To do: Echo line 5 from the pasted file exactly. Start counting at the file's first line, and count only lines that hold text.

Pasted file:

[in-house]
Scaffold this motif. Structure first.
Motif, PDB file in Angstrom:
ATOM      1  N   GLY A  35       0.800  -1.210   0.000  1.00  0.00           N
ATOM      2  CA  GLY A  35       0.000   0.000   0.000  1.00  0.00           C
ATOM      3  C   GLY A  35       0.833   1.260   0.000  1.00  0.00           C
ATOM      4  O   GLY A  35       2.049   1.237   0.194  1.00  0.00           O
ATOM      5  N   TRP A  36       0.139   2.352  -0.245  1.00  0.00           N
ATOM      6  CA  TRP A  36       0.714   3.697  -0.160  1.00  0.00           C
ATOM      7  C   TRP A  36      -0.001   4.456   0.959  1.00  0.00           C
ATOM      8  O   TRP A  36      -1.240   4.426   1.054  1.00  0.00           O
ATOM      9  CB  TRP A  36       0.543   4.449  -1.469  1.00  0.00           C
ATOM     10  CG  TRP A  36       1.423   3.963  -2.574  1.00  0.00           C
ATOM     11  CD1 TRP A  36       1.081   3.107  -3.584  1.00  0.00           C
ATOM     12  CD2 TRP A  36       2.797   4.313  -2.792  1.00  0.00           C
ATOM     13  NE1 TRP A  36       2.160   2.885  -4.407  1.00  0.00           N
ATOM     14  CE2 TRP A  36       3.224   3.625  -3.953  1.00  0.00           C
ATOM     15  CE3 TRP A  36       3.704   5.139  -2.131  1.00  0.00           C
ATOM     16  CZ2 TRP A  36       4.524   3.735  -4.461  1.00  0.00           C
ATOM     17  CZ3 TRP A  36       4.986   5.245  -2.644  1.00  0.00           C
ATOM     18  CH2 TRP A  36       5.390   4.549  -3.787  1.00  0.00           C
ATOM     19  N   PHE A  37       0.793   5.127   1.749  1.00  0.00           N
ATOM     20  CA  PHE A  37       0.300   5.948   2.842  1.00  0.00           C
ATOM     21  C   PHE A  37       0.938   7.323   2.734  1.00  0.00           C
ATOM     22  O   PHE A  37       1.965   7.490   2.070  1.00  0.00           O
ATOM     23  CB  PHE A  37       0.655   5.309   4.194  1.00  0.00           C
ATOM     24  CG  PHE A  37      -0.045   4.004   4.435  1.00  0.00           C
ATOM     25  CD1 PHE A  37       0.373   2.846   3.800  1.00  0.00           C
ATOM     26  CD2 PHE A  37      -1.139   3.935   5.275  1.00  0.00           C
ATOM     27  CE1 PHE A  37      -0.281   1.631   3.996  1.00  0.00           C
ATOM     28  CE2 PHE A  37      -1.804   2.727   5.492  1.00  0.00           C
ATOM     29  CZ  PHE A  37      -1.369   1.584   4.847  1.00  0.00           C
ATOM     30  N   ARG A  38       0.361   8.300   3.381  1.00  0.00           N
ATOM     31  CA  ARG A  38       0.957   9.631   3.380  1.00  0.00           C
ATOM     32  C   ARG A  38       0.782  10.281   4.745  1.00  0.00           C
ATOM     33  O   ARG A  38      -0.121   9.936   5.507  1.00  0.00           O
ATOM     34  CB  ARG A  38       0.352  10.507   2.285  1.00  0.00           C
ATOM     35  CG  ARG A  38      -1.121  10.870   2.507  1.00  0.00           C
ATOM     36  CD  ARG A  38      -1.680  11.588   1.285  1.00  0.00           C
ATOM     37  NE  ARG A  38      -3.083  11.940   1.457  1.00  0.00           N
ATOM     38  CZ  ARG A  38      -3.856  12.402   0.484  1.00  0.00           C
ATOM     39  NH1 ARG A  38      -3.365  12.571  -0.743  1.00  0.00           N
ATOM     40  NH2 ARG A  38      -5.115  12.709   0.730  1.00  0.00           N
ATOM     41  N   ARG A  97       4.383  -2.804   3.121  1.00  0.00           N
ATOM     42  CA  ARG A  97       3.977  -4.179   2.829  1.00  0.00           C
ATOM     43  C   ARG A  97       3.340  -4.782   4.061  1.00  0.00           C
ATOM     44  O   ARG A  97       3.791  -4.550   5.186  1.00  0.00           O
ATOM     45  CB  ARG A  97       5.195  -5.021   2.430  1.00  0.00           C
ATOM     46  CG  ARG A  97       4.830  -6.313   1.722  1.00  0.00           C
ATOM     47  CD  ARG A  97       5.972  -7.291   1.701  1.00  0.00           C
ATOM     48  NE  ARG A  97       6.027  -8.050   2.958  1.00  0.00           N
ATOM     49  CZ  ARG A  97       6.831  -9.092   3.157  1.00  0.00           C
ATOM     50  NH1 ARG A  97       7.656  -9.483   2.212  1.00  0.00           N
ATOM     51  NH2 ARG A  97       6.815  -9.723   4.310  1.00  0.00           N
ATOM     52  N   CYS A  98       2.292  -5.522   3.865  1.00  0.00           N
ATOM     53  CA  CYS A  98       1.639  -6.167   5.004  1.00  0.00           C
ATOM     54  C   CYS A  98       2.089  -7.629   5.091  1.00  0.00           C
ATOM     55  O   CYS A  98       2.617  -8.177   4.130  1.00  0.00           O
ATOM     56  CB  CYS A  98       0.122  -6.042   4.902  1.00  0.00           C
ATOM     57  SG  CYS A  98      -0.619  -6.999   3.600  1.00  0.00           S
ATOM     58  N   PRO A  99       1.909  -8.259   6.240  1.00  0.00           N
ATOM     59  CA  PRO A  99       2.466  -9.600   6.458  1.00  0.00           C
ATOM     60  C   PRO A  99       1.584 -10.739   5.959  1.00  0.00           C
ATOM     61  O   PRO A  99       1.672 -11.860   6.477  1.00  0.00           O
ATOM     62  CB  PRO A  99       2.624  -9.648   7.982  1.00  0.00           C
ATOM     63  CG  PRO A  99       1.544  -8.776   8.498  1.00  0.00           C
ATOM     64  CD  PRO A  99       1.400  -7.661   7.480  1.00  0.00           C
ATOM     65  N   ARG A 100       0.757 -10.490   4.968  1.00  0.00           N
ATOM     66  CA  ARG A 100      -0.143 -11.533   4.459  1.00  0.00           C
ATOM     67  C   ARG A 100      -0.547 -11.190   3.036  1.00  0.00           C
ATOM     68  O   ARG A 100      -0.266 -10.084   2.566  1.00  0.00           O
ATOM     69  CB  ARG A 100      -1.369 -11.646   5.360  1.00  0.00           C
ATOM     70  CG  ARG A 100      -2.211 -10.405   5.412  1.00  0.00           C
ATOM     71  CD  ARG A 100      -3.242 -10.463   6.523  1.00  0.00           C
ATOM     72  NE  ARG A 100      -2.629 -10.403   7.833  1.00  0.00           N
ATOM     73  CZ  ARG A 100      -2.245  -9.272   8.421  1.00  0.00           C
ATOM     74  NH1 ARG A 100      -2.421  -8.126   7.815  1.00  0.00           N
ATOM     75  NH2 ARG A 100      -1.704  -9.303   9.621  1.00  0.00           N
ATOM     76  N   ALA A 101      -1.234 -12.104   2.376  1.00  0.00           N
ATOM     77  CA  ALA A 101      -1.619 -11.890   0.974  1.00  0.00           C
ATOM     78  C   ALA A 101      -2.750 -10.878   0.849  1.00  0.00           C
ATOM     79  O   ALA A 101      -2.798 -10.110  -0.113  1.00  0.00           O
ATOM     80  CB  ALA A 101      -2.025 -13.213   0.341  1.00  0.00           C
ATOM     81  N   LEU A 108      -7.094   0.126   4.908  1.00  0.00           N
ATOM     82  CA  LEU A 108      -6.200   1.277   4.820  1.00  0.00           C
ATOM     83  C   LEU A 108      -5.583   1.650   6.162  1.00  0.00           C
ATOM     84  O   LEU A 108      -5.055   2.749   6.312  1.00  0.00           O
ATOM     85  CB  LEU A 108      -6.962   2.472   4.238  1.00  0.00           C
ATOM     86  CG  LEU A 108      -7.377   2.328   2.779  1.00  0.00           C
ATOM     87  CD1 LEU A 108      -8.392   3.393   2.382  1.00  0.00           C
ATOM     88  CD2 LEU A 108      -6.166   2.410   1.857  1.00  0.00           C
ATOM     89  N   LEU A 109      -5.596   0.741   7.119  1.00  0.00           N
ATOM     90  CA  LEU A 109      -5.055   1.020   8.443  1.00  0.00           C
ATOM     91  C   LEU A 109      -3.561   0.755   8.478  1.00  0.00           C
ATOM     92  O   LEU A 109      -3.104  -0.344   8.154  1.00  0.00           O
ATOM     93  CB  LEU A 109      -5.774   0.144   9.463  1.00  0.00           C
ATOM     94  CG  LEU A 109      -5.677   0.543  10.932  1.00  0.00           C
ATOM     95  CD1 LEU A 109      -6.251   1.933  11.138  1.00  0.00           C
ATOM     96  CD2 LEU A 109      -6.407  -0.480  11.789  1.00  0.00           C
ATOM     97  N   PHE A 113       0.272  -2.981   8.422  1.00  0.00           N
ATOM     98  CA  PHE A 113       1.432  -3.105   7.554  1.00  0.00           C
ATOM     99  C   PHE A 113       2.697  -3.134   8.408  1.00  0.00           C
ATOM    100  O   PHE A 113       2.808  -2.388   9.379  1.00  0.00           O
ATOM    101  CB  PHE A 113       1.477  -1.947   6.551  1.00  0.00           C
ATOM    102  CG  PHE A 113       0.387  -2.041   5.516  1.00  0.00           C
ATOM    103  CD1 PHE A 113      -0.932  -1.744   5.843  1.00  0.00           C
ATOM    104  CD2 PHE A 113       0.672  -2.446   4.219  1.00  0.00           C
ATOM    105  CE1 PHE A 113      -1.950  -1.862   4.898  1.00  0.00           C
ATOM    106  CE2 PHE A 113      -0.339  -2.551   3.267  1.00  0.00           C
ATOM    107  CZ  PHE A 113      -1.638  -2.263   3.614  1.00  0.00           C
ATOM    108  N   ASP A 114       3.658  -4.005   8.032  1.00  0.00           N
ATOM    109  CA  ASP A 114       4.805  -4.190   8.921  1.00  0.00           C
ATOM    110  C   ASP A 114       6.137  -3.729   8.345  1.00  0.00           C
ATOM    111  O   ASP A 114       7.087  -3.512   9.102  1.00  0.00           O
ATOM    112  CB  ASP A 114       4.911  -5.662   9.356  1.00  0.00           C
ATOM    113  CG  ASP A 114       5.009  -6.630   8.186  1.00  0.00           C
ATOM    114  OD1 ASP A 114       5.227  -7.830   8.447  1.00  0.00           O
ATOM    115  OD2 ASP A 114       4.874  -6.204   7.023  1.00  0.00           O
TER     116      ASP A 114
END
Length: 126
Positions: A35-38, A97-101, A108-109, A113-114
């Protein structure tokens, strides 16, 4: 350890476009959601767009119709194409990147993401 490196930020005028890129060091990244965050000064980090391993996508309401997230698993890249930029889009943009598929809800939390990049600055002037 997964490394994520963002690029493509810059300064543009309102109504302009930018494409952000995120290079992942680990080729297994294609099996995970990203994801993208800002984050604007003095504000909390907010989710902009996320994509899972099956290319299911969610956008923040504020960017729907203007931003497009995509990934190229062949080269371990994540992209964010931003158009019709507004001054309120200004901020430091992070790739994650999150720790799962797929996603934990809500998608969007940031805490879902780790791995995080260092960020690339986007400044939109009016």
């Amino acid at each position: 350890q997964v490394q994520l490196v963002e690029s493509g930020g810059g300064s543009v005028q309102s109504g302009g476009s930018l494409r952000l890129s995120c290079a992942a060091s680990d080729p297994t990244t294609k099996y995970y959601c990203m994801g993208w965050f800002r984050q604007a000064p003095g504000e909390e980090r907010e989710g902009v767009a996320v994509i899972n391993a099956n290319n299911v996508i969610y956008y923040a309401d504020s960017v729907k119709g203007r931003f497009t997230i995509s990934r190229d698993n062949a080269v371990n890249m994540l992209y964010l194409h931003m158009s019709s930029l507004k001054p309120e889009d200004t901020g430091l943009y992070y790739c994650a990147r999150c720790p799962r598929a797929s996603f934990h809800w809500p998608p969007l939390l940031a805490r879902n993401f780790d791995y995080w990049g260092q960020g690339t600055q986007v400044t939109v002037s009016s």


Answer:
ATOM      2  CA  GLY A  35       0.000   0.000   0.000  1.00  0.00           C